Two years ago, a group of actors with a penchant for local history took to the Riverfront Playhouse stage to bring alive the nefarious side of Shasta County’s legacy of gold, bandits, highwayman, horse thieves and murderers. The performance was titled “Bad Boys of Shasta County” and it was so popular an extra show was added.
Many of those performers will return this Sunday at the Cascade Theatre to rekindle the spirits of Shasta County’s more savory figures. “Faces of Shasta County” will be presented at 2 p.m. Tickets are $25 and available by calling 243-8877 or visiting www.cascadetheatre.org. Proceeds benefit the Shasta Historical Society and the Riverfront Playhouse Capital Campaign.
John Welsh, a well-traveled actor who is assisting Matt Tate with directing duties, said the show will be divided into two acts. In the first, the county’s historical figures will be introduced, starting with Welsh as Maj. Pierson B. Reading, the “father of Shasta County.”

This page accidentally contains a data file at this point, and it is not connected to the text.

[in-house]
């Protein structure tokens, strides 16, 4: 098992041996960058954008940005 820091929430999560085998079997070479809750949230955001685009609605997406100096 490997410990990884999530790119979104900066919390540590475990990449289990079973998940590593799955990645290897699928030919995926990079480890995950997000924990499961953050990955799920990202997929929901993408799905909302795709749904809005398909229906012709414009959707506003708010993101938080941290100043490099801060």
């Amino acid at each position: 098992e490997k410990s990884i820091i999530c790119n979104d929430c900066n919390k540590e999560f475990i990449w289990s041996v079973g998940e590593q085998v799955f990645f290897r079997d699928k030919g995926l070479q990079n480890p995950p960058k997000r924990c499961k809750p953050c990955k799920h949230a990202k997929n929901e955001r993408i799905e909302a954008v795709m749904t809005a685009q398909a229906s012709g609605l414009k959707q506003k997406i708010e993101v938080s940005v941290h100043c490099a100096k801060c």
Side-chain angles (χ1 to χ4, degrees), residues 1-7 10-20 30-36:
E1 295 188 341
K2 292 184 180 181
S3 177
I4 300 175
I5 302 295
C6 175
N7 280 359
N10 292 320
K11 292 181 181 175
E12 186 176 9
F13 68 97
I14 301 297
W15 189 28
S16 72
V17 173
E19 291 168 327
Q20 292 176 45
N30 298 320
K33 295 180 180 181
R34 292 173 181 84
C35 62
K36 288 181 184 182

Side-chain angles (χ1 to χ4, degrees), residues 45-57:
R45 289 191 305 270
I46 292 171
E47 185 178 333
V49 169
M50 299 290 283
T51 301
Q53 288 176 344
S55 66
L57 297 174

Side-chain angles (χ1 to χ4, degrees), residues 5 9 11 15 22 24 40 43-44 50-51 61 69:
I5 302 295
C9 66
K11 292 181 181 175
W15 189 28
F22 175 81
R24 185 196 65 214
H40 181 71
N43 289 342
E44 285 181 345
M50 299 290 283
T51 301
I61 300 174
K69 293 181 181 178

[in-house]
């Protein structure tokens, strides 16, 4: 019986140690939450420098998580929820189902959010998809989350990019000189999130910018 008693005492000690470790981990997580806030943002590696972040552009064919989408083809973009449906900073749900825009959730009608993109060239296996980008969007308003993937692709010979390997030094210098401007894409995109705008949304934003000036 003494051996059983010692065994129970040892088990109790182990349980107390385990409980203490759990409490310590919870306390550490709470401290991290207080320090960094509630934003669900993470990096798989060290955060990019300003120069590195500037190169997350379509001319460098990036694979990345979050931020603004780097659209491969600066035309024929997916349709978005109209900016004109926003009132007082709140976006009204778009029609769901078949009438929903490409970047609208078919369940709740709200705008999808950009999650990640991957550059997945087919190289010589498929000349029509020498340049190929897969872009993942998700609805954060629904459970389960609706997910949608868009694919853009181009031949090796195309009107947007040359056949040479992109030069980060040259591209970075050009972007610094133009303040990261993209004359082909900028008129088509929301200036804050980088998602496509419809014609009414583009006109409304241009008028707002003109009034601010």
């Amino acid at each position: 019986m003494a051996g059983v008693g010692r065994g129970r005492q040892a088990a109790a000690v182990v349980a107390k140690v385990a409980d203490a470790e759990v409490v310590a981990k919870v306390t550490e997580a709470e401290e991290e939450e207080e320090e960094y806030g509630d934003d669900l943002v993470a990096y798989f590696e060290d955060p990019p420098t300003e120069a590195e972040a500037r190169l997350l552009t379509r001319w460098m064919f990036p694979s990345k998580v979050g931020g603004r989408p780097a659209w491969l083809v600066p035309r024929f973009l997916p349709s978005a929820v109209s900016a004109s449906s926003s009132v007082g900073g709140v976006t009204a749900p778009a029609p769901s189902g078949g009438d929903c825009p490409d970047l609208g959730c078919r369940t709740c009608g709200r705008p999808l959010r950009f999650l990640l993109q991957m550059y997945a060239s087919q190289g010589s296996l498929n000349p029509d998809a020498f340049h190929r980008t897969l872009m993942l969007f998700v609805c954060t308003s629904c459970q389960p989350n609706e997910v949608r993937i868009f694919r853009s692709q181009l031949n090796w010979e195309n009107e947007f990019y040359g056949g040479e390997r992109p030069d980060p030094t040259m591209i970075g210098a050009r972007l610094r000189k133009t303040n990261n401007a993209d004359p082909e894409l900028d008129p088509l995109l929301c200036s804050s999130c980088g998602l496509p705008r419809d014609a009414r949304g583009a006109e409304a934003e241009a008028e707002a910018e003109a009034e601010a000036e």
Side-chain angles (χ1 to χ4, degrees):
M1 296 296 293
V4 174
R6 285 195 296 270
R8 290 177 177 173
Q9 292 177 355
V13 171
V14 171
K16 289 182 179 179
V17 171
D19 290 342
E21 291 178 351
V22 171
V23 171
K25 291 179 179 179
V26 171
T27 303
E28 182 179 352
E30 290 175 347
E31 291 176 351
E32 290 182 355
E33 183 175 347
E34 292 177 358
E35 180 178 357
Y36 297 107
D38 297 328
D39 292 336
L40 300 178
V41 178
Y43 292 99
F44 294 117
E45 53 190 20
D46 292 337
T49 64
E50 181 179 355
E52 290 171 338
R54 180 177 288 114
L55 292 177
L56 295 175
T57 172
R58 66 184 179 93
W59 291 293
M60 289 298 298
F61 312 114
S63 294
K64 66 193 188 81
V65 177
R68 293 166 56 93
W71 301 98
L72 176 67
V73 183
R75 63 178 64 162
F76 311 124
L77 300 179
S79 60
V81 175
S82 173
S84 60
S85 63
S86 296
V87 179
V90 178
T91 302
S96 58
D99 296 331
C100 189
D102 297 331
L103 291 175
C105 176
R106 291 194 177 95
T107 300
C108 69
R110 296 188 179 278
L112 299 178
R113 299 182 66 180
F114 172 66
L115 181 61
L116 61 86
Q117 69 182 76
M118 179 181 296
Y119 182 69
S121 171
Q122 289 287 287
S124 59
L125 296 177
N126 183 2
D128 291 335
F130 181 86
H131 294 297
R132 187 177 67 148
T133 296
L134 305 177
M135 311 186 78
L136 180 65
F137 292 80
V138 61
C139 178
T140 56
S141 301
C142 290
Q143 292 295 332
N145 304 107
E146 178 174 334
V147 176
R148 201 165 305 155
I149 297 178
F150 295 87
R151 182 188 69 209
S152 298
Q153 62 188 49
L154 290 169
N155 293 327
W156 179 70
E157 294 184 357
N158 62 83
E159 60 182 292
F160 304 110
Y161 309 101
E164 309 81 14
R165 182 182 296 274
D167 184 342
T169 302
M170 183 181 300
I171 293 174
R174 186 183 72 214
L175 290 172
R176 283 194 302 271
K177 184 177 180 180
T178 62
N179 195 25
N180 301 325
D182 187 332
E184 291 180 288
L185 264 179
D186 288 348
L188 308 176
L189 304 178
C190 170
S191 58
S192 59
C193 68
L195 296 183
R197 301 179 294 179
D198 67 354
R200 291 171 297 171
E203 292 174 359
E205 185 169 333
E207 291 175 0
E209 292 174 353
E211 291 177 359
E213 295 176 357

Bob Koroluck will follow as Chauncey Bush, Redding’s first mayor (and the figure immortalized in bronze next to the Sacramento River Trail in Caldwell Park). Other notable figures include Mae Helene Bacon Boggs (portrayed by Elsie Ritchie) and Judge Richard B. Eaton, who will be portrayed by Bob Christensen.
In the second act, Dan Kupsky will take on the role of longtime jailer George Albro and tell his story before introducing other characters like Kate Camden (played by Kathryn Kirk), the notorious Black Bart (played by Darryll Alvey) and Coffee, an African-American slave who will be portrayed by Fred Magee.
To help them prepare their monologues, each actor was provided with biographical material from the Shasta Historical Society, “but all of us took it further and did some research to flesh out each monologue,” Welsh said.
Because many are familiar with Eaton’s accomplishments in Redding, Welsh said Koroluck’s character will focus on his wartime service when he was stationed in North Africa and Italy.
Bill Siemers was ready to portray Joaquin Miller, the famous “poet of the Sierras,” but he had to withdraw due to illness. John Truitt will step in to read the poet and frontiersman’s words. Truitt also will serve as master of ceremonies.
The performance will include video projections and appropriate music, Welsh said. Patrons are invited to bid on silent auction items before the show and during intermission.